Vaibhav Kaushik describes himself as a BITSian who loves to solve real-world problems using deep learning and who is always up for a game of chess, preferably over a chessboard. His chessboard skills would be needed if he wants to succeed with his venture Nawgati—the aim of which is complex, i.e. decongesting fuel stations across India.
“Using deep learning solutions and modern technology, however, decongesting fuel stations isn’t as complex as it seems,” Kaushik told FE. He is a fresh graduate from BITS Pilani, an engineering college in Rajasthan, having completed his five-year course just last year (2016-21). His venture, Nawgati, got incorporated and incubated on the campus, in 2019.
What does Nawgati do?
Nawgati has developed congestion monitoring and routing systems for fuel stations. These systems, he said, along with Nawgati’s Queue Management System (QMS), help provide operational oversight over assets, monitor congestion in real-time, and route customers to less crowded stations in an area, while optimising for transit, wait and serve time.
“Our solution, Aaveg, is operational in the Delhi region with Indraprastha Gas Ltd (IGL). We are undertaking pilots with Mahanagar Gas and Indian Oil,” Kaushik said. “Pilots are also being discussed with Sabarmati Gas, Gujarat Gas, Adani Total Gas, Think Gas, Torrent Gas, and AG&P.”
How Kaushik got the idea
In 2018-19, he was doing internship in Noida and often took cabs and sparked conversations with the driver. Most drivers told him they have to wait at CNG stations for over half an hour every day, which reduced their running time and, therefore, earnings. “I thought why isn’t there a solution that directs cab drivers to a nearby CNG station that has relatively lesser number of cars waiting to fuel up,” he said. “That’s how the idea was born.”
Support from BITS Pilani
The entrepreneurial ecosystem at BITS Pilani helped the start-up in initial stages. As soon as he and his co-founders (Aalaap Nair from BITS Pilani and Aryan Sisodia from VIT Chennai) incubated the start-up, it received the Ministry of Electronics and Information Technology’s TIDE 2.0 grant (worth Rs 7 lakh).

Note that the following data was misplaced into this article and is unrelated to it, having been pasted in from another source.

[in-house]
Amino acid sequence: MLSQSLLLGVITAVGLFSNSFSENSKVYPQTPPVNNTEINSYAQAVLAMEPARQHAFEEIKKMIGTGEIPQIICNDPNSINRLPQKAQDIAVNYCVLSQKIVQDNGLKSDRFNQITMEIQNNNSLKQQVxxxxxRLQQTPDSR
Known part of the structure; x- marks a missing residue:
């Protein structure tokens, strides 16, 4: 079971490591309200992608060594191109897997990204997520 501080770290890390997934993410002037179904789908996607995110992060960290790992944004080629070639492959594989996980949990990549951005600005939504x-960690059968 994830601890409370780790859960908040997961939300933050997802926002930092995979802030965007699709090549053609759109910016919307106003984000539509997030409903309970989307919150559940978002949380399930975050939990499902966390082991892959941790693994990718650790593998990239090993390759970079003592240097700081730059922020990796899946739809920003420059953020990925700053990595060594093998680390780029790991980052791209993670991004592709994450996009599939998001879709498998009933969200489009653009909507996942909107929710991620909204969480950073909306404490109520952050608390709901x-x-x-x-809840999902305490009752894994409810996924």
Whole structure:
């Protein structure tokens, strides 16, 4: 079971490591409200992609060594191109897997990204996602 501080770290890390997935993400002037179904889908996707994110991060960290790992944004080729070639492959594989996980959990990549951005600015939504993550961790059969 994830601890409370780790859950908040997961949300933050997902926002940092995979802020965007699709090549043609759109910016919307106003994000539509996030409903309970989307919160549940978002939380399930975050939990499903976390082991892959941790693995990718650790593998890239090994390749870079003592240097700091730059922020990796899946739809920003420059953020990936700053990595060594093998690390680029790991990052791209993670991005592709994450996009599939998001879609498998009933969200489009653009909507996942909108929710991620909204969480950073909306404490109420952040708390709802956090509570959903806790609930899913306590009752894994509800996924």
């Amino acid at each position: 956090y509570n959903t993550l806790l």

Using that grant, Nawgati built a congestion management and compliance monitoring dashboard, and did a pilot with IGL. All along, Nawgati received support from PIEDS (Pilani Innovation & Entrepreneurship Development Society). “The entrepreneurial ecosystem at BITS Pilani helped; we also got office space in BITS Pilani and access to mentors, including the alumni,” Kaushik said.
What if the start-up didn’t work?
“At BITS Pilani, placement isn’t a concern,” he said. “I had an offer from PayPal. My co-founders had cushy offers of more than Rs 30-40 lakh per annum. But we realised that the amount of impact we can create through a start-up, we wouldn’t have accomplished in a corporate job.”
How Nawgati solution works
It’s a plug-and-play solution. “We deploy edge devices (hardware that controls data flow at the boundary between two networks) at fuel stations, and get access to CCTV footage in real-time and dispensing infrastructure,” he said. “We have told as many as 17 oil & gas companies that the radio frequency identification (RFID) solution, which has been tried by some, isn’t scalable, but ours is, and have received positive feedback from them.”
Nawgati’s consumer facing solution will be rolled out soon (in the form of a free mobile app that drivers will need to download).
Fuel companies, using Nawgati’s data, will get operational oversight—what is the demography of vehicles fuelling at their stations, waiting time, serve time, where exactly are the inefficiencies, and so on. That data can be monetised and contribute towards Nawgati’s revenues.
“We foresee 15,000 fuelling outlets on our platform within two years,” he said. “By fuelling outlets we don’t mean only CNG or petrol pumps. Our solution is fuel-agnostic. We will include electric vehicles charging stations also under this.”
There aren’t many companies that are offering a similar solution, and that gives Kaushik the confidence that he and his co-founders can take Nawgati global. “All the world’s a stage,” he said.